January 16, 2012

KID ACTIVITY: Christmas Card Re-purpose

Posted by Ethne~

I still send out Christmas cards.  Well, we send out a Christmas card picture (from Costco, tho there are super cute ones online) and a letter.  I know I could send out a mass email with the letter contents and pictures, but somehow it’s just not the same as snail mail.

Sending out actual Christmas cards (I sent out 100!) means I get quite a few in return.  I love it.  Each day when I get home from work I can’t wait to sort through the mail and see what Christmas cards we received.  Each card is like a little present in the mail. 

I hang them above my sliding glass doors

It’s not as THRIFTY as the email version, but it sure brings me (and hopefully my recipients) a lot of holiday CHEER!  I suppose I should share the breakdown:  at Costco, the picture cards (I was able to use 4 pics) are $15.99 for the first 50 and $5.99 for each additional 25.  Not too bad.  Thrifty Nana picked up the cards for me and had a discount coupon, so I ended up paying $23.99 for them.  Shaun printed up the letter from the home computer so that was free to us.  100 stamps cost $44.00, but the Jesus and Mary stamps are FOREVER stamps now (you can use them forever without the $.01 stamps when postage rates go up later this month) so if I had any leftover, I could use the rest for bills…  So yeah, it’s not super cheap, but for the JOY I get out of it, Shaun agrees it’s worth it.  I hang them up on a string with mini clothespins over my sliding glass doors in the living room and can look at them frequently.

Someday there will be no vertical blinds - hate those things.

NOTE: a lot of multi-picture cards out come out with your pictures being teeny-tiny.  Re-think using these, please.  If I can’t make out the faces in your pictures, is there really a point in you sending out pictures at all?  I used the multi-photo picture from Costco because the pictures were each a nice size.

So the point of this is that I end up with a lot of beautiful cards at the end of the holidays.  I find it a shame to just toss them – either they have my dear friends' and family’s pictures on them or they are beautiful cards (which are artwork in an of themselves).  But it isn’t reasonable to keep them forever either.

I am always on the lookout for projects for the girls.  Like I say, if you could harness their amazing energy, we wouldn’t need off-shore drilling.  I have to be creative with it too, because buying art supplies constantly isn’t cheap, and they’d get bored doing the same project over and over again.  If I can use materials from around the house, all the better, and if I can use up craft or paper scraps that are otherwise cluttering my house up, bonus.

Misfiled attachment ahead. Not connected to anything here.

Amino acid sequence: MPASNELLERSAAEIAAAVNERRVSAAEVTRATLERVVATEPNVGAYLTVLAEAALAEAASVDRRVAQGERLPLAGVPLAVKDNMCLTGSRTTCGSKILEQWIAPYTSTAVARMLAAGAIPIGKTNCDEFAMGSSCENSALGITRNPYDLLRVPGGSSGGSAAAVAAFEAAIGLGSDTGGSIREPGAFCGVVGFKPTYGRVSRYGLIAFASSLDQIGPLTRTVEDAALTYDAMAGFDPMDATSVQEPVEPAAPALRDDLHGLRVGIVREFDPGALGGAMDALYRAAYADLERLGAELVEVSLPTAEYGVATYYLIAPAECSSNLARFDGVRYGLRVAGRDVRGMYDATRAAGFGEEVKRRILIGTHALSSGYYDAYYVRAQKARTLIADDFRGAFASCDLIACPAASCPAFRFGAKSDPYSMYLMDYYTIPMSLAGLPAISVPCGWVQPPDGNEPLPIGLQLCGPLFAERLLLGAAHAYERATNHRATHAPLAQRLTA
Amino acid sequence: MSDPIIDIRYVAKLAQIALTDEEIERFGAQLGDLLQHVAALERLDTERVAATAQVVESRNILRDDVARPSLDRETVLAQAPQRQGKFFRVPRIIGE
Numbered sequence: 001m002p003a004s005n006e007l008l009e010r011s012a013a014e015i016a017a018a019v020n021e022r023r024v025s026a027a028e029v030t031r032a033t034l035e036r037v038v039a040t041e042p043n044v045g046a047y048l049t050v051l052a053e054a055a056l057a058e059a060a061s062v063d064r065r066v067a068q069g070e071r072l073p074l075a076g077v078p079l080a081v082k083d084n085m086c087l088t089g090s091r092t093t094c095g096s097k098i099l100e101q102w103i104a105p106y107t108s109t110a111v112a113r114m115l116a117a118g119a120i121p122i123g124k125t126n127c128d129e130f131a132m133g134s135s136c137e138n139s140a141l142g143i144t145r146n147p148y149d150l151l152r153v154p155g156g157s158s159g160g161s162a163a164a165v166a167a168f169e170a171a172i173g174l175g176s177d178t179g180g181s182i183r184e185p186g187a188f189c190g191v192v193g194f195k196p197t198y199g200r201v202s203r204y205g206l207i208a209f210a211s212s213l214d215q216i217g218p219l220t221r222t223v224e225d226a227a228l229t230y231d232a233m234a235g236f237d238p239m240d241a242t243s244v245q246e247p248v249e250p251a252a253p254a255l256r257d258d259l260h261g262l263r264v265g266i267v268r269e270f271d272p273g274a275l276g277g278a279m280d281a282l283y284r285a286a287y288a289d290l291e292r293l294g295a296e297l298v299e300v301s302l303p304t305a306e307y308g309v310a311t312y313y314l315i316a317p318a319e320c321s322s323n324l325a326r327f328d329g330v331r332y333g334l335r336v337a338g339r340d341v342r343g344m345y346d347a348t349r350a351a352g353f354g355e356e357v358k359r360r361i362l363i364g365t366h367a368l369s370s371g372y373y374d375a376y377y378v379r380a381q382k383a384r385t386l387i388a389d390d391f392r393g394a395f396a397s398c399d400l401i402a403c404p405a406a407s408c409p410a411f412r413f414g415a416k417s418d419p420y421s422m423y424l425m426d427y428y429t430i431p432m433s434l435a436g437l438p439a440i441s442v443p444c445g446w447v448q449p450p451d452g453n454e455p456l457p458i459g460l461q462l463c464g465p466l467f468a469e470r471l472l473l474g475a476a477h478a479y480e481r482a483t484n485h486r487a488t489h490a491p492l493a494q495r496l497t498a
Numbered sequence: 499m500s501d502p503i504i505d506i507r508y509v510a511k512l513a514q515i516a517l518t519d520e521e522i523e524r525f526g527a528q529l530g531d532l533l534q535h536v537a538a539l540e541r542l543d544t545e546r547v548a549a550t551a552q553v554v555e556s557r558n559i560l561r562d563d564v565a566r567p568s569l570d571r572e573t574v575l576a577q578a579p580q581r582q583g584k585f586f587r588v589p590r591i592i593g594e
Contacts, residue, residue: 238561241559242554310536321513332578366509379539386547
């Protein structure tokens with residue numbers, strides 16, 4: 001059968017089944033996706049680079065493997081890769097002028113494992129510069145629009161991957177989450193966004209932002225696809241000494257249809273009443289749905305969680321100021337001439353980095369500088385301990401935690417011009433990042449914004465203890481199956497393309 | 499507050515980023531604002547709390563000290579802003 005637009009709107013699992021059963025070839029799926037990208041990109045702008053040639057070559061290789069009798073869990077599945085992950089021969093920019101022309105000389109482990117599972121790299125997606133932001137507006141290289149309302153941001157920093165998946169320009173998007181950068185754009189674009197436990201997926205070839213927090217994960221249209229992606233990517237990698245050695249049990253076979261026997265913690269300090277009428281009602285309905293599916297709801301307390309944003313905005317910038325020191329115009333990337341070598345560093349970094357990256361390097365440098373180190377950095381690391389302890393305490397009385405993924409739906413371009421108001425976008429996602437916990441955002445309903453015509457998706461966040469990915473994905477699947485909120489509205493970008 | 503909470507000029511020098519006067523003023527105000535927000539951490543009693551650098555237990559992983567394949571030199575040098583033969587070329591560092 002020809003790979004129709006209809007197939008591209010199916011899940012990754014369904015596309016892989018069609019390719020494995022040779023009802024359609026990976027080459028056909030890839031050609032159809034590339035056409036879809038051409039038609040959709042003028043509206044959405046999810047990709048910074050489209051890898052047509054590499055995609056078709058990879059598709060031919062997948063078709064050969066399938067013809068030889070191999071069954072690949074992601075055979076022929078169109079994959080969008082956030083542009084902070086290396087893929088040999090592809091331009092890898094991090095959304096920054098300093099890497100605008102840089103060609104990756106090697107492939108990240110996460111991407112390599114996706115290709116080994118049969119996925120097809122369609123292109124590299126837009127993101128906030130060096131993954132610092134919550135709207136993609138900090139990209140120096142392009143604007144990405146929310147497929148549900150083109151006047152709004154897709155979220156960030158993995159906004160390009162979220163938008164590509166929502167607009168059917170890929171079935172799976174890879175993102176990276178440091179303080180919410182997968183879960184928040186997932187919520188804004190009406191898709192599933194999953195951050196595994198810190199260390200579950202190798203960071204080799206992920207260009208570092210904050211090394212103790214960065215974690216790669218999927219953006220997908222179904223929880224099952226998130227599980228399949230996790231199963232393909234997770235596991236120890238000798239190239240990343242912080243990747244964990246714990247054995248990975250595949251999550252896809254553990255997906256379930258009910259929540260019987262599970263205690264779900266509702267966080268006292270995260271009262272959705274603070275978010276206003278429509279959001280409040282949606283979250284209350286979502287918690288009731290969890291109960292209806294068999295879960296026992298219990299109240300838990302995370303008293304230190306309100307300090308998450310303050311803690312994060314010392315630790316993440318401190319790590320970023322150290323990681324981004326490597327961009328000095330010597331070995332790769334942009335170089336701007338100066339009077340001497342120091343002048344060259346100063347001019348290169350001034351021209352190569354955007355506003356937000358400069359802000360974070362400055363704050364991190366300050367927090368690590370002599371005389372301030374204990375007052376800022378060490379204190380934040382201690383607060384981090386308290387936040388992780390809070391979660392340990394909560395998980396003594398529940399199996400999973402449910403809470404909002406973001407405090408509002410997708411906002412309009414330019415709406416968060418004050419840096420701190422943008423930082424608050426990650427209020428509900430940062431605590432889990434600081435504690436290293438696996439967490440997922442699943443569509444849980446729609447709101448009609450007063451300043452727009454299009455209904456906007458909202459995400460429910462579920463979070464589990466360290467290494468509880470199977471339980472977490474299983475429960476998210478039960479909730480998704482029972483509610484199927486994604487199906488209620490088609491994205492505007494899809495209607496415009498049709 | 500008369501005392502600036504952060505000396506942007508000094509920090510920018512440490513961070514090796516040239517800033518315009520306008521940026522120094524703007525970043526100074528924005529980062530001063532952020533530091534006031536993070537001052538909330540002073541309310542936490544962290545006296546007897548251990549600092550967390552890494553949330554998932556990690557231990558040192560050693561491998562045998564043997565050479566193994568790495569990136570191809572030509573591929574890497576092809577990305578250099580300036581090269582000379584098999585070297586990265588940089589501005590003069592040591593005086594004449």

This brainstorm was a re-purpose of those Christmas cards we received.  The girls received art supplies, including scissors, for Christmas.  I’m really cautious with them using scissors a) since they don’t have a 100% grasp on being careful with sharp things, no matter how many times I say it and b) since KD cut her hair off into a mullet on Christmas Eve 2010.  But that doesn’t mean they shouldn’t learn how to use scissors with safe, parental supervision.

The project: give the girls their scissors, construction paper, glue, crayons and the Christmas cards and let them Edward Scissorhands some artwork.  I didn’t set up any rules (like ‘don’t be messy’ since that would negate the point of cutting up paper) except that they had to be careful, couldn’t fight over materials and they had to clean up after themselves when we were done.

They made lovely new cards that will go up on the fridge and then I’ll let them pick their best and we’ll put them into their tubs of artwork.

NOTE: as to the tubs of artwork, I found that I had so much of their art that it was piling up all over the island and the dining room table.  Only so much can be shown off on the fridge at a time.  I want to get one of those wire hangers from IKEA that we can string up on the wall and clip their art to, but I haven’t made it down to IKEA yet.  And I don’t have the heart to throw all of their art away either.  Solution: a small clear storage tub that will fit their artwork once we take it down from the fridge.  I’m sure I’ll have to sort through those tubs to pare it down at some point, but not yet.

What creative projects have you invented for your kids?  We WOMS need to share these ideas to keep our kiddos busy.

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